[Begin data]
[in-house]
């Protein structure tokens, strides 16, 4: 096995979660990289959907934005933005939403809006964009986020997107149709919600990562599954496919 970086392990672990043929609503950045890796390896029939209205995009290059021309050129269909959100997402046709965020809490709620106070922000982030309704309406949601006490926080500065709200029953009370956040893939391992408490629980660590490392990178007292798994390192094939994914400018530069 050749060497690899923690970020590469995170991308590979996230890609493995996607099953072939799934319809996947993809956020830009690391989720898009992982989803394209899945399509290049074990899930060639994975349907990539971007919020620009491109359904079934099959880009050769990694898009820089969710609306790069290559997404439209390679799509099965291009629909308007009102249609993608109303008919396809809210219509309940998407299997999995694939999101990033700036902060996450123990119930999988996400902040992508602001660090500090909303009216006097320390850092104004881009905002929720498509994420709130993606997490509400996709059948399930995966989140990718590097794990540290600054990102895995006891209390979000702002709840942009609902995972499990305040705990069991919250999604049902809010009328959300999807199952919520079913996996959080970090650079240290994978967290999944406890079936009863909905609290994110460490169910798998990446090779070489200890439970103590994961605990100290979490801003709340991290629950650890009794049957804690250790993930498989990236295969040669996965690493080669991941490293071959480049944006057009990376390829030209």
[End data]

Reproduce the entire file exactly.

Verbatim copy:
[in-house]
């Protein structure tokens, strides 16, 4: 096995979660990289959907934005933005939403809006964009986020997107149709919600990562599954496919 970086392990672990043929609503950045890796390896029939209205995009290059021309050129269909959100997402046709965020809490709620106070922000982030309704309406949601006490926080500065709200029953009370956040893939391992408490629980660590490392990178007292798994390192094939994914400018530069 050749060497690899923690970020590469995170991308590979996230890609493995996607099953072939799934319809996947993809956020830009690391989720898009992982989803394209899945399509290049074990899930060639994975349907990539971007919020620009491109359904079934099959880009050769990694898009820089969710609306790069290559997404439209390679799509099965291009629909308007009102249609993608109303008919396809809210219509309940998407299997999995694939999101990033700036902060996450123990119930999988996400902040992508602001660090500090909303009216006097320390850092104004881009905002929720498509994420709130993606997490509400996709059948399930995966989140990718590097794990540290600054990102895995006891209390979000702002709840942009609902995972499990305040705990069991919250999604049902809010009328959300999807199952919520079913996996959080970090650079240290994978967290999944406890079936009863909905609290994110460490169910798998990446090779070489200890439970103590994961605990100290979490801003709340991290629950650890009794049957804690250790993930498989990236295969040669996965690493080669991941490293071959480049944006057009990376390829030209």